Contractors working for the U.S. Army Corps of Engineers Pittsburgh District install a 23-foot-tall concrete shaft enclosure weighing approximately 120,000 pounds as part of the guard wall at the Monongahela River Locks and Dam 4 in Charleroi, Pennsylvania, Nov. 16, 2023.

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Schmidt's accomplishments ensure health of environment for future generations

Louisville District
Published March 24, 2022
Updated: March 24, 2022

Management and cleanup of contaminated Department of Defense sites throughout Kentucky, Illinois, Indiana, Ohio and Michigan requires a team of skilled and knowledgeable people. One outstanding employee who supports this mission is Angela Schmidt. She is a senior biologist who began her career with the U.S. Army Corps of Engineers Louisville District in December 2005.
Schmidt has been instrumental in the successful completion of numerous Formerly Used Defense Site, Base Realignment and Closure and Installation Restoration Program projects. She is an ecological and human health risk assessor in Engineering Division’s Environmental Branch and has worn many hats including a temporary assignment as the Superfund and Interagency/International Services program manager with the Great Lakes and Ohio River Division. For her accomplishments in support to the environmental restoration efforts for the Department of Defense, Schmidt received the 2020 Outstanding Achievement Award.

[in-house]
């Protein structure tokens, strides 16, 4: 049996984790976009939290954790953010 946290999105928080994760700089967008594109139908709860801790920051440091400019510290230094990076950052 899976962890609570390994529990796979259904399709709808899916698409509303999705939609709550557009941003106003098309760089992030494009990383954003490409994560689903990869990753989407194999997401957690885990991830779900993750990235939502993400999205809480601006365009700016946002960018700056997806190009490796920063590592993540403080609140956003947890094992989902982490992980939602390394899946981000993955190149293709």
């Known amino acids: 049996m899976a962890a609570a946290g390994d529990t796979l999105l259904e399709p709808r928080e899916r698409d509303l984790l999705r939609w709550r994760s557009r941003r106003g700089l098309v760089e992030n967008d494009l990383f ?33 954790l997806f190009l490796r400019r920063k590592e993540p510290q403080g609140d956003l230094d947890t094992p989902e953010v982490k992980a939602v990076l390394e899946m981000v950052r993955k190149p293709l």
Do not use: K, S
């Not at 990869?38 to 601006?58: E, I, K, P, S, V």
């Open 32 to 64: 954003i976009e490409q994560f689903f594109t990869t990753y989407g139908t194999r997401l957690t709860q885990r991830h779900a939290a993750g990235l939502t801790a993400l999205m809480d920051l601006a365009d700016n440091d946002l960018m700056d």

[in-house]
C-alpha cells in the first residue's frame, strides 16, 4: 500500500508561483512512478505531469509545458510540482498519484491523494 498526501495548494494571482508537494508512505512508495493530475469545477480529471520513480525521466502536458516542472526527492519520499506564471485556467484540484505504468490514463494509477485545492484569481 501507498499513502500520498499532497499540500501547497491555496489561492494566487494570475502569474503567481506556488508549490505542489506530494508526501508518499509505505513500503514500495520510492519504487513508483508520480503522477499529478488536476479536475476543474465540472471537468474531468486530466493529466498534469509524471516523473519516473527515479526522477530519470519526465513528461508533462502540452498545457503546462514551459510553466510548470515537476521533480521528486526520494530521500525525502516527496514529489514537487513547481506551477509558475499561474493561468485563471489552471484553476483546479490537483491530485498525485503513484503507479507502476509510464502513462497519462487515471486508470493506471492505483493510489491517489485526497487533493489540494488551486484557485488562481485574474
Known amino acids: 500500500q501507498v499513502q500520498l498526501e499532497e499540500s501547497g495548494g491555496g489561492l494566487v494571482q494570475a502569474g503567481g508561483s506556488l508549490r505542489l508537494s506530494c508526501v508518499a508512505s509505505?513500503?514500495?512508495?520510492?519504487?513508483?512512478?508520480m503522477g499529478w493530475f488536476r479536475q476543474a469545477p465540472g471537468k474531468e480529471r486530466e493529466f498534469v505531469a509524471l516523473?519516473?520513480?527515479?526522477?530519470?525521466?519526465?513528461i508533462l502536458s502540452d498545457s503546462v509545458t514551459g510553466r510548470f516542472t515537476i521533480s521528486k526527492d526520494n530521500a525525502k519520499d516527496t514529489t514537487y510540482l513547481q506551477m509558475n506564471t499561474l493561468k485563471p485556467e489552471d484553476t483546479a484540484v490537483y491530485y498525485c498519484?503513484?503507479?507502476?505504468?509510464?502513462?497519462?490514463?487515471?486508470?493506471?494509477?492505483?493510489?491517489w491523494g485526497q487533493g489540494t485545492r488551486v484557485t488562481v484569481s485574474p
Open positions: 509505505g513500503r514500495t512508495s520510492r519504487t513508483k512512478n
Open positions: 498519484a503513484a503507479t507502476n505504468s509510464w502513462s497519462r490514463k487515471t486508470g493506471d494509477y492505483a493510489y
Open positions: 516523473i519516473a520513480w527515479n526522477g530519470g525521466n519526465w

“As a lead environmental risk assessor for Louisville District, Angela is not only a dedicated professional, but a consummate champion for the development of young, inspiring environmental professionals,” said Marty Wahking, Environmental Branch chief.
Schmidt is currently a member of the Camp James A. Garfield project delivery team, among many others, and has been a key factor in educating contractors on how USACE and the Department of Defense conducts business. Through her technical skills and regulatory knowledge, Schmidt helps direct project partners toward cost effective solutions for customers.
When asked what she liked about her job, Schmidt replied, “There are many things I enjoy about my job but the most important thing I do is to make sure that any of the sites I work on are left safe and clean when they are closed.”
As part of the restoration process, Schmidt is known to focus her efforts on expediting cleanup and reducing costs where possible.
“I also enjoy solving complex issues at the environmental remediation sites and work hard to try and get them remediated and out of the system,” said Schmidt.
When she is not working, Schmidt is most likely caring for the environment or helping people. She serves as the secretary/treasurer for the Ohio Valley Chapter of the Society of Toxicology and Chemistry and volunteers with several environmental groups such as the Ohio River Foundation. Schmidt is involved with her church where she teaches second grade religious studies. As an educator, Schmidt also teaches biology for Vincennes University and is often found in classrooms giving presentations on bats, dinosaurs and other scientific topics.
“She is a caring and selfless person, always willing to help others, and it is a great pleasure to have Angela as part of our environmental family,” said Wahking.
When Schmidt is not busy with work or after work activities, she will still probably be found near the water fishing or boating.

Chick Lock

Through deeds, not words, we are BUILDING STRONG®